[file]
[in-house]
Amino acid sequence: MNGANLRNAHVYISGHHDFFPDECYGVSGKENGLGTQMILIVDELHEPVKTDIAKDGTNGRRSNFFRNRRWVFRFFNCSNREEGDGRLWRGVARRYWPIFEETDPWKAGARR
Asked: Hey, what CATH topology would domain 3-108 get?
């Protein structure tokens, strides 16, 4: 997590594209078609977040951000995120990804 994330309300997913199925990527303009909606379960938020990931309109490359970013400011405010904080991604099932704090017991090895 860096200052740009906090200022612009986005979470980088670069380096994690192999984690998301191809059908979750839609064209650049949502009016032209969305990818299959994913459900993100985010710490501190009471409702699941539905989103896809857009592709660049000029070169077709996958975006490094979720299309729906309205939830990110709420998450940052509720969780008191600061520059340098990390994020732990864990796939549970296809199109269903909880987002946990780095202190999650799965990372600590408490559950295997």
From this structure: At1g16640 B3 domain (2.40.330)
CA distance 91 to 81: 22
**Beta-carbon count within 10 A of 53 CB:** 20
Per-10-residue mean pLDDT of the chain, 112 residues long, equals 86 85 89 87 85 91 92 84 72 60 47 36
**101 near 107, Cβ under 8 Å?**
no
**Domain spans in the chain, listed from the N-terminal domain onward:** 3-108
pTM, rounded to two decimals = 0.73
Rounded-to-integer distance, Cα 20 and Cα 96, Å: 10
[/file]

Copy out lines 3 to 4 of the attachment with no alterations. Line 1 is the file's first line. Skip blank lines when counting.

Asked: Hey, what CATH topology would domain 3-108 get?
């Protein structure tokens, strides 16, 4: 997590594209078609977040951000995120990804 994330309300997913199925990527303009909606379960938020990931309109490359970013400011405010904080991604099932704090017991090895 860096200052740009906090200022612009986005979470980088670069380096994690192999984690998301191809059908979750839609064209650049949502009016032209969305990818299959994913459900993100985010710490501190009471409702699941539905989103896809857009592709660049000029070169077709996958975006490094979720299309729906309205939830990110709420998450940052509720969780008191600061520059340098990390994020732990864990796939549970296809199109269903909880987002946990780095202190999650799965990372600590408490559950295997």